4 very superb Egyptian Ormolu Candelabra, £ 98.0.0...392.0.0
4 richly chased stands to do. With Arms, Crown, Garter & Motto chased out, £ 24 Each...£ 96.
They remain in the Royal Collection, the first pair at Buckingham Palace and the remaining pair on loan to Brighton Pavilion. It is quite possible that they were supplied to the Prince of Wales as part of the enormous order of plate placed with the firm in 1806 and reputed to total £70,000. This massive commission followed the victory achieved the previous year at the battle of Trafalgar by the British fleet under Admiral Nelson (d. 1805), who had previously been celebrated as the 'hero of the Nile'. Notably, the Royal candelabra were also supplied with stands as listed in the invoice. That the candelabra were quite possibly supplied to the Prince of Wales much earlier than the actual invoice is supported by the presence of several pieces of silver-gilt of striking Egyptianising style supplied by Rundells as part of the Grand Service and with dates ranging from 1802 - 1806 (G. de Bellaigue et al., 'Carlton House: The Past Glories of George IV's Palace', Exhibition Catalogue, London, 1991, cats. 85, 91 and 92). It is also interesting to note that another item on the 1811 Rundells invoice, '8 large antique candelabrums', are noted as having 'chased feet to match the Marquis of Hertford's', showing that the Prince of Wales was not averse to emulate pieces in other aristocratic collections.
RUNDELL, BRIDGE & RUNDELL
Goldsmiths and jewelers Philip Rundell and John Bridge formed the first element of what would become a most prolific partnership in 1785. In 1797 the firm of Rundell and Bridge received the royal patronage of King George III, a sponsorship which they retained through the reign of George IV, until 1830. Philip's cousin, Edmund Rundell, was hired into the firm in 1803. The royal appointment of Rundell, Bridge and Rundell was of supreme significance in and of itself but it also necessitated, by tradition, the patronage of the entire royal family and that of most of the nobility as well. The firm's design studio was brimming with the upper echelon of Royal Academicians namely; John Flaxman, Thomas Stothard and J.B. Papworth. They produced monumental sculptural works in gold, silver, silver plate, silver-gilt and ormolu. Another example of an ormolu object made by the firm is a Regency centerpiece, also with winged sphinx supports, sold Christie's, New York, 12 October 1996, lot 128, as well as lot 554 in this sale.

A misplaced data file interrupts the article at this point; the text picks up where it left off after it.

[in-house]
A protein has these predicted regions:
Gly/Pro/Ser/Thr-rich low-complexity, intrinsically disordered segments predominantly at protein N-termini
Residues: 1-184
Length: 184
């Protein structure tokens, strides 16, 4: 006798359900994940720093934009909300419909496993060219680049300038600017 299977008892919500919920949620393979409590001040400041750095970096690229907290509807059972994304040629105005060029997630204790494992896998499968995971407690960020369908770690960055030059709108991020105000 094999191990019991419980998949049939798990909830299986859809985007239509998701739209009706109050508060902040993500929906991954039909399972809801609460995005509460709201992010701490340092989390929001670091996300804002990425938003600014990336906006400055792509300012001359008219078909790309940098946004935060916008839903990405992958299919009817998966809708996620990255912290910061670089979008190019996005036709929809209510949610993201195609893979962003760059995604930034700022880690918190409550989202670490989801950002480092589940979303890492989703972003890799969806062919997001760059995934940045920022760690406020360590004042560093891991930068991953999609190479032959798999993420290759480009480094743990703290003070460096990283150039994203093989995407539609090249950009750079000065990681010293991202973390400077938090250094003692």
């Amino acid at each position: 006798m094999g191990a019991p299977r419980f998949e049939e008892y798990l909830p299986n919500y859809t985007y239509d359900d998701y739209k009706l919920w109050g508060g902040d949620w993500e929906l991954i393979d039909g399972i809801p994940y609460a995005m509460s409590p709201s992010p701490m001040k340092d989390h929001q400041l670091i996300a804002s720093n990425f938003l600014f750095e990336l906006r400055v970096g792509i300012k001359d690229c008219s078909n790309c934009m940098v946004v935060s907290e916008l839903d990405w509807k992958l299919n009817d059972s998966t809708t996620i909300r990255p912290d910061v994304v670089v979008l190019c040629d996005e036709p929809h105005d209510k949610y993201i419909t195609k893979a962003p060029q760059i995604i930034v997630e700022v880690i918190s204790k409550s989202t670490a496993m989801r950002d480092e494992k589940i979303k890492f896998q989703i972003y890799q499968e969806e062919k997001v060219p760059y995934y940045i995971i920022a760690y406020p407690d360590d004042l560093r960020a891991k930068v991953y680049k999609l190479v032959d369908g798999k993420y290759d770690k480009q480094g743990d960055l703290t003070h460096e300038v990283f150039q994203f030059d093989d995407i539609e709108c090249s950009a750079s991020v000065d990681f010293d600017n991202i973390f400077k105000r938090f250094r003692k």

One should consider the possibility that the French artist Jean-Jacques Boileau was involved in the design of these candelabra. he is known to have been asociated with Rundells in 1803, and moreover a group of Egyptianising ormolu wine coolers by Rundells is closely based on a design by Boileau in the Victoria and Albert Museum, London (M. Snodin, 'J.J. Boileau, A Forgotten Designer of Silver', Connoisseur, June 1978, pp. 129 - 31). A wine cooler of this group was sold, Christie's, New York, 17 October 2003, lot 301.